Giant, synchronized swarms of locusts may become more common with climate change

A swarm of locusts near the RN-7 road, close to the town of Ihosy in Southern Madagascar.
By the century's end, locusts could gain 25% more territory under unchecked climate change. (Image credit: Peter O'Donovan / Alamy Stock Photo)

Heavy wind and rain may be triggering widespread, synchronized desert locust outbreaks in key breadbasket regions of the world, new research shows. And the range of these ravenous, crop-stripping locusts could expand up to 25% due to climate change.

The study, published Wednesday (Feb. 14) in the journal Science Advances, is the first to show a robust link between large-scale, synchronous locust swarms and specific weather patterns.

The scale of these megaswarms is astounding: A single swarm can contain tens of millions of insects and span 925 square miles (2,400 square kilometers). Outbreaks — which occur mainly in North Africa, parts of the Middle East and Asia — can, in just one day, decimate thousands of acres of farmland, and strip crops of enough food to feed 35,000 people.

Sometimes, outbreaks occur in multiple locations at once, causing crop destruction and food insecurity on regional scales. For example, in  2003, four separate outbreaks started simultaneously in Mauritania, Mali, Niger and Sudan and spread to several other countries, causing an estimated $2.5 billion in crop losses over the next two years.

Understanding the triggers of these events could help farmers predict, and avoid, catastrophe. But researchers have struggled to pinpoint the drivers.

To identify them, the study researchers reviewed a large database from the Food and Agriculture Organization, part of the United Nations. The database tracked the number of locust outbreaks across 36 countries and a 35-year period between 1985 and 2020. The team combined this information with meteorological data on indicators such as temperature, wind speeds and rainfall.

They found "a strong coupling between locust occurrence and climate conditions through our analysis," Xinyue Liu, a doctoral candidate at the National University of Singapore and lead author of the new paper, told Live Science. Specifically, the meteorological data showed that locust outbreaks often hit more than one country at a time and tended to coincide with periods of intense regional rainfall and wind.

One theory holds that locust eggs, which are laid en masse in the ground, require high levels of soil moisture to develop and hatch, Li explained. Heavy rains also boost plant growth, providing lush crops and other vegetation as a ready food source for hatchlings, which then grow and take to the sky in swarms.

And heavy winds can help to carry locust swarms over large distances to start outbreaks in new places.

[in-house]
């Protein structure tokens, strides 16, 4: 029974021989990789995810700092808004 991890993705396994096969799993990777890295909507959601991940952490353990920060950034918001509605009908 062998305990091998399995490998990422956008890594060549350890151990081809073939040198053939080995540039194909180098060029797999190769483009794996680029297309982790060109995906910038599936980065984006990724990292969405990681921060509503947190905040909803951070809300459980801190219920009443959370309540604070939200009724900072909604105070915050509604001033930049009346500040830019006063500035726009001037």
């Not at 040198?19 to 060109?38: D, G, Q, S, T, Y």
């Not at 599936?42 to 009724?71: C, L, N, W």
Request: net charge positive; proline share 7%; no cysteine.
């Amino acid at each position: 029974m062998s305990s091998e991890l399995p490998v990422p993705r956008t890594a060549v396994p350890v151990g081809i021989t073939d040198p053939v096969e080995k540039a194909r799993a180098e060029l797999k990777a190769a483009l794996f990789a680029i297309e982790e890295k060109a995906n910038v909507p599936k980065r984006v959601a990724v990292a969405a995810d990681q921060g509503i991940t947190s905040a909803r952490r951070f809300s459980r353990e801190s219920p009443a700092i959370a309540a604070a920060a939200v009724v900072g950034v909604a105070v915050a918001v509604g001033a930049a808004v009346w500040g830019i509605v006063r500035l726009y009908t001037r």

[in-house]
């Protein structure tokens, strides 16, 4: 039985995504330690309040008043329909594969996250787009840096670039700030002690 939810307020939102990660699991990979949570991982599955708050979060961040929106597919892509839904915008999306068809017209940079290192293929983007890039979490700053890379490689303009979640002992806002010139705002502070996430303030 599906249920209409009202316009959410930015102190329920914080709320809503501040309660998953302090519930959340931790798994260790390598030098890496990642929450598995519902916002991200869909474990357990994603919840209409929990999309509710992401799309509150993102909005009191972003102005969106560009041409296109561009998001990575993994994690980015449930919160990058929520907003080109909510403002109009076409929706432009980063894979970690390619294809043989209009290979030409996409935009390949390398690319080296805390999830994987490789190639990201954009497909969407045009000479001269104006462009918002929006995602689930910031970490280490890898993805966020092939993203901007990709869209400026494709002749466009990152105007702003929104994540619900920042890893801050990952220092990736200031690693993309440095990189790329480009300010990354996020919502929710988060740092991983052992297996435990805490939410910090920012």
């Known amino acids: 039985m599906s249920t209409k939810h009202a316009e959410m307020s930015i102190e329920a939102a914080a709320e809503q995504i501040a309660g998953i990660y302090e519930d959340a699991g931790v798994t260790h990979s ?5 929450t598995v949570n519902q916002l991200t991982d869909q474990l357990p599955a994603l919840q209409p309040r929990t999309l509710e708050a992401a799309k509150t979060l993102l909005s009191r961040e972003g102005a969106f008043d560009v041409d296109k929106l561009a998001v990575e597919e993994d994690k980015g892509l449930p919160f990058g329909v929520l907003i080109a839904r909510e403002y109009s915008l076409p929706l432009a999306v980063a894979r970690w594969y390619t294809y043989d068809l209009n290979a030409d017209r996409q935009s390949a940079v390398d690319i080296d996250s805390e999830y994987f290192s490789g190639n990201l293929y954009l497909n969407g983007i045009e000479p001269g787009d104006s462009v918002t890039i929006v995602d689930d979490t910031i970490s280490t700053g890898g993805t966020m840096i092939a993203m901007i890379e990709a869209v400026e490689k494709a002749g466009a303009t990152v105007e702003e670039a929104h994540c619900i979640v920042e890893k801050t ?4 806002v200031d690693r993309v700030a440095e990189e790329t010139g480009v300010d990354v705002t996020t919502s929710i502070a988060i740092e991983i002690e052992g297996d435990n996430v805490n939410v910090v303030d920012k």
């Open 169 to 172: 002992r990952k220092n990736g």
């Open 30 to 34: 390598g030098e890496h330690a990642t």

The new research provides a disturbing view of the future under climate change.

The researchers modeled different possible climate change scenarios between 2065 and 2100, where lower or higher emissions could lead to less or more future warming.

"Even under a mitigated scenario with dramatic carbon emissions cut, there will still be at least a 5% increase in locust habitat," and existing hotspots in Africa and Asia will continue to experience swarms, said study researcher Xiaogang He, an assistant professor of civil and environmental engineering at the National University of Singapore, told Live Science. In the business-as-usual climate scenario, an expansion would push locusts into new, previously uninhabited regions, such as western India, Iran, Afghanistan and Turkmenistan.

"Given the critical roles of Africa and South Asia as global breadbaskets, concurrent locust infestations have the potential to trigger widespread crop failures, jeopardizing global food security," He said.

He hopes the findings will highlight the interconnected nature of locust outbreaks. Tackling the problem regionally, instead of country by country, could help scientists better predict locust outbreaks, which could, in turn, inform early-warning systems. Those could help farmers prepare — for example, by harvesting crops early and storing the food, or covering crops with locust-proof nets.

Editor's note: The spelling of Xinyue Liu's name and title of Xiaogang He have been corrected in this article. 

Emma Bryce
Live Science Contributor

Emma Bryce is a London-based freelance journalist who writes primarily about the environment, conservation and climate change. She has written for The Guardian, Wired Magazine, TED Ed, Anthropocene, China Dialogue, and Yale e360 among others, and has masters degree in science, health, and environmental reporting from New York University. Emma has been awarded reporting grants from the European Journalism Centre, and in 2016 received an International Reporting Project fellowship to attend the COP22 climate conference in Morocco.